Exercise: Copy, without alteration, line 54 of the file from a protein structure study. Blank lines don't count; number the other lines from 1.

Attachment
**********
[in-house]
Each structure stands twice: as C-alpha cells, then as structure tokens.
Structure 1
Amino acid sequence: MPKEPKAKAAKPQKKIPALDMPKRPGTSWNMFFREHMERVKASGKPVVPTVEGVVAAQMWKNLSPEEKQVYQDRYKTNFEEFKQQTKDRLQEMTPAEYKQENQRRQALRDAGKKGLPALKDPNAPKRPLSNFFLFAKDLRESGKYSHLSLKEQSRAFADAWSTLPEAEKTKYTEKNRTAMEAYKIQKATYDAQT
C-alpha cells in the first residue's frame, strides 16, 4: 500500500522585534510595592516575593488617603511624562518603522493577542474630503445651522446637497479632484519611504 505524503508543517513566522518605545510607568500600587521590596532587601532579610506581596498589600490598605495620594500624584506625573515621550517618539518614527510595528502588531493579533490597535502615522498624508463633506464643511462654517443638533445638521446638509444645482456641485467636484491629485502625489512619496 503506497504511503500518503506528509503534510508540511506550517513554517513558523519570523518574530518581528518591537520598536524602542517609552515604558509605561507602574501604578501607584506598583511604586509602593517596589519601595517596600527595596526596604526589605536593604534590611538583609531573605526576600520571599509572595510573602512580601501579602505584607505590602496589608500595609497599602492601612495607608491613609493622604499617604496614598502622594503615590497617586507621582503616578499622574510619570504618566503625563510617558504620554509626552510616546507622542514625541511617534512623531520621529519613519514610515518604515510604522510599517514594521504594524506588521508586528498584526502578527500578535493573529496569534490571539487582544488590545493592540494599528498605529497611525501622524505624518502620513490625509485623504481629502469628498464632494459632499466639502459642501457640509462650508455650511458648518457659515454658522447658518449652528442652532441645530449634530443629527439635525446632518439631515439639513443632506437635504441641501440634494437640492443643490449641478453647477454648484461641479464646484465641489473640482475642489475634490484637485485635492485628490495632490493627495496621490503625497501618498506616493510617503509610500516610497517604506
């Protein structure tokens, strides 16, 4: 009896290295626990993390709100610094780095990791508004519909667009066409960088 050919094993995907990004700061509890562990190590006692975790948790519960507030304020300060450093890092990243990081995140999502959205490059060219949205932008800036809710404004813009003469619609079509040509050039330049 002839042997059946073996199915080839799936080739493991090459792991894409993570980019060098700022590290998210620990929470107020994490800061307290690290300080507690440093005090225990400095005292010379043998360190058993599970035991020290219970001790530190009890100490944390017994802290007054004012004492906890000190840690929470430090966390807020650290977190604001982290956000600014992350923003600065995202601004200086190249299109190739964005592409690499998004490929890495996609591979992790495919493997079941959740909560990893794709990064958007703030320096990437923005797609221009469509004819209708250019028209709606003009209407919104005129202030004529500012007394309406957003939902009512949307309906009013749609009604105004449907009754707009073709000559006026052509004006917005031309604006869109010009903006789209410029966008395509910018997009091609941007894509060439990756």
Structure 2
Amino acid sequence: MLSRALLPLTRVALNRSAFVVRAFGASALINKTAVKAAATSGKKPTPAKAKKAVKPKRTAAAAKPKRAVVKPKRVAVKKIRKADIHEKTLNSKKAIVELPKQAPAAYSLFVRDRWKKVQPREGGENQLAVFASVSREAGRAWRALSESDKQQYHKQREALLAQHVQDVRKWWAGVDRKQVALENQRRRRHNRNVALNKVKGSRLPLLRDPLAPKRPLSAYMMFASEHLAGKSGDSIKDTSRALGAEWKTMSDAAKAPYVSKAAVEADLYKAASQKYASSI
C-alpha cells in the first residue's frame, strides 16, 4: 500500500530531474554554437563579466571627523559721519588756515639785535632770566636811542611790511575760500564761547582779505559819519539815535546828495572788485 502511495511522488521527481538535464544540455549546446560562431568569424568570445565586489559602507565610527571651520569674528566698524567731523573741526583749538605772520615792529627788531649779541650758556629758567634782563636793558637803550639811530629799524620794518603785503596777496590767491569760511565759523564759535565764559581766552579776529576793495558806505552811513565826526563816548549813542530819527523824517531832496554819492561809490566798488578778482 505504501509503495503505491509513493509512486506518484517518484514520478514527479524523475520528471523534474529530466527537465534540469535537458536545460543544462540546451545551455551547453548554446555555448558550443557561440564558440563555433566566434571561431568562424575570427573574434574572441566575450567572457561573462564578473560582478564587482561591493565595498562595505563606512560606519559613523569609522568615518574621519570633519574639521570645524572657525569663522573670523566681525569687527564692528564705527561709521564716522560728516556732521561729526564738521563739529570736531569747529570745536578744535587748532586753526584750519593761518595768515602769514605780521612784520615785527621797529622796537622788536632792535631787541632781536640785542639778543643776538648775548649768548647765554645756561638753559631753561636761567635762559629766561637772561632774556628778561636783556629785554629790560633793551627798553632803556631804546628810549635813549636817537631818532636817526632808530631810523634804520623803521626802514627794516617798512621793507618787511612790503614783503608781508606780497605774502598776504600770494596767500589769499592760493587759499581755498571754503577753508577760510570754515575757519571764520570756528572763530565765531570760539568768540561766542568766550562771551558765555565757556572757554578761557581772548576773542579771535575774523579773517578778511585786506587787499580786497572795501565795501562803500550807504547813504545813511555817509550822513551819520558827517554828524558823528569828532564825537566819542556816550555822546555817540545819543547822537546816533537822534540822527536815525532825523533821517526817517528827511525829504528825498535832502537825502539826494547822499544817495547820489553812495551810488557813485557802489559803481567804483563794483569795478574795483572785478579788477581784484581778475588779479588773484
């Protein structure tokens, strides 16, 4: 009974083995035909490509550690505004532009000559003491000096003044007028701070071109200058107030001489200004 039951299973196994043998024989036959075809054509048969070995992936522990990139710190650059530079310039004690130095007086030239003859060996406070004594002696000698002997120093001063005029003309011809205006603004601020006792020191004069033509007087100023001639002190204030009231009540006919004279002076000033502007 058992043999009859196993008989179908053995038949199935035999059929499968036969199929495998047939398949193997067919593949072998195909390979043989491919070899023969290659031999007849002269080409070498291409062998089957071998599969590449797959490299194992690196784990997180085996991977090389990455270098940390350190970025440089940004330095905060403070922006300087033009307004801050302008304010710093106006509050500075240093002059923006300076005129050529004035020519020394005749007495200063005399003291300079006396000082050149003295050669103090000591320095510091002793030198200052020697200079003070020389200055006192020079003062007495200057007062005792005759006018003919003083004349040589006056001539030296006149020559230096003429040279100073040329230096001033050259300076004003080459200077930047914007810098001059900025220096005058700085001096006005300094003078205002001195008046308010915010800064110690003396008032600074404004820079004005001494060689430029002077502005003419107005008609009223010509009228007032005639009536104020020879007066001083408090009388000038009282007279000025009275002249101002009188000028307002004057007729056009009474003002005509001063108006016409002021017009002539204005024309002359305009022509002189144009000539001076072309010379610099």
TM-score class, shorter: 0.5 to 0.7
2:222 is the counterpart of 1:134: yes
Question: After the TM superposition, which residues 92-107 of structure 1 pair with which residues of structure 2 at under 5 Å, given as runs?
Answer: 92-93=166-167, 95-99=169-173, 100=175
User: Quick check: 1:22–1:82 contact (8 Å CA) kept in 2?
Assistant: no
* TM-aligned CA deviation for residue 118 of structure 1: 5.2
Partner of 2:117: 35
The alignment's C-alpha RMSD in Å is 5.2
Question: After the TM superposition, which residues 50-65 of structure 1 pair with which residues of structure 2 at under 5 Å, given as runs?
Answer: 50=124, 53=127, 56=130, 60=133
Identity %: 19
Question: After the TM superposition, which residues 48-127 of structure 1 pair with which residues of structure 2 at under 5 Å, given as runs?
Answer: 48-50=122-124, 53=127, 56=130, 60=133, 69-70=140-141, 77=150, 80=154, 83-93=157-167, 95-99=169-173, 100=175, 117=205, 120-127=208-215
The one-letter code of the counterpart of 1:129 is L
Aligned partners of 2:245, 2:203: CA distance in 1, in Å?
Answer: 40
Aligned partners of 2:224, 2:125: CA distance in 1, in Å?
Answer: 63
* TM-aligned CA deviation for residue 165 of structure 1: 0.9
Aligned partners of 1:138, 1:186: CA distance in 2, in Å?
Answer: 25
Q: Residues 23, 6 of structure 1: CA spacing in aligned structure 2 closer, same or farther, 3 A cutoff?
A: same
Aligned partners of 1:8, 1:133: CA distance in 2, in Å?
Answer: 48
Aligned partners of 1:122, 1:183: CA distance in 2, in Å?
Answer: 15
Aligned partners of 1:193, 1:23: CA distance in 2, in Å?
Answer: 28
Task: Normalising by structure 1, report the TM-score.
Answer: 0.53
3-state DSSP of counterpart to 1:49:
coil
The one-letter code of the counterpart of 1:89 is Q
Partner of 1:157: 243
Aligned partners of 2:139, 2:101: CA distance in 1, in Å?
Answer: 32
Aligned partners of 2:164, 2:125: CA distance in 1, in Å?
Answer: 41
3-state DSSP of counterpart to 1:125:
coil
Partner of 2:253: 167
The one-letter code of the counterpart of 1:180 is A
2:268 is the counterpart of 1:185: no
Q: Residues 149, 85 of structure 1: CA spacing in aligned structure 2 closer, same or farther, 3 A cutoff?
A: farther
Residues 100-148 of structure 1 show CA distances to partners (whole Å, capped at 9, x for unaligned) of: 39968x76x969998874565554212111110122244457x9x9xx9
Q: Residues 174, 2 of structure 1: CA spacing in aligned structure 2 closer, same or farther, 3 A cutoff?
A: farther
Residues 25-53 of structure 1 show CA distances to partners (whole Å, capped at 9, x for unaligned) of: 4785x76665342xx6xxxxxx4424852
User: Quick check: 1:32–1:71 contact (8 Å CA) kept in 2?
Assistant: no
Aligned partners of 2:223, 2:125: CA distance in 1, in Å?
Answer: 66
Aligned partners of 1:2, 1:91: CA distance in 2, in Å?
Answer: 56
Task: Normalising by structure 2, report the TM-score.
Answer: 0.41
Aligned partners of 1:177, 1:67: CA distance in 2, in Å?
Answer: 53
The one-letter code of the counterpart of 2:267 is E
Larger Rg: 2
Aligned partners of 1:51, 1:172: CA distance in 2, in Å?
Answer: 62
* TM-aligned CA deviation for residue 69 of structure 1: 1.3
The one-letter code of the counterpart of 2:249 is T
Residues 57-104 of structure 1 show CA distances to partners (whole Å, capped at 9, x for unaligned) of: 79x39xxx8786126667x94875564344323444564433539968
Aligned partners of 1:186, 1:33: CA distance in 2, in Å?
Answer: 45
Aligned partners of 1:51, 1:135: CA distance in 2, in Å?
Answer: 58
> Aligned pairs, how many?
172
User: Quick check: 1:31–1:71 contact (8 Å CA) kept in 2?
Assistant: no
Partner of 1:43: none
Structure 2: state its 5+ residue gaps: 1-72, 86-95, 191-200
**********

The one-letter code of the counterpart of 1:180 is A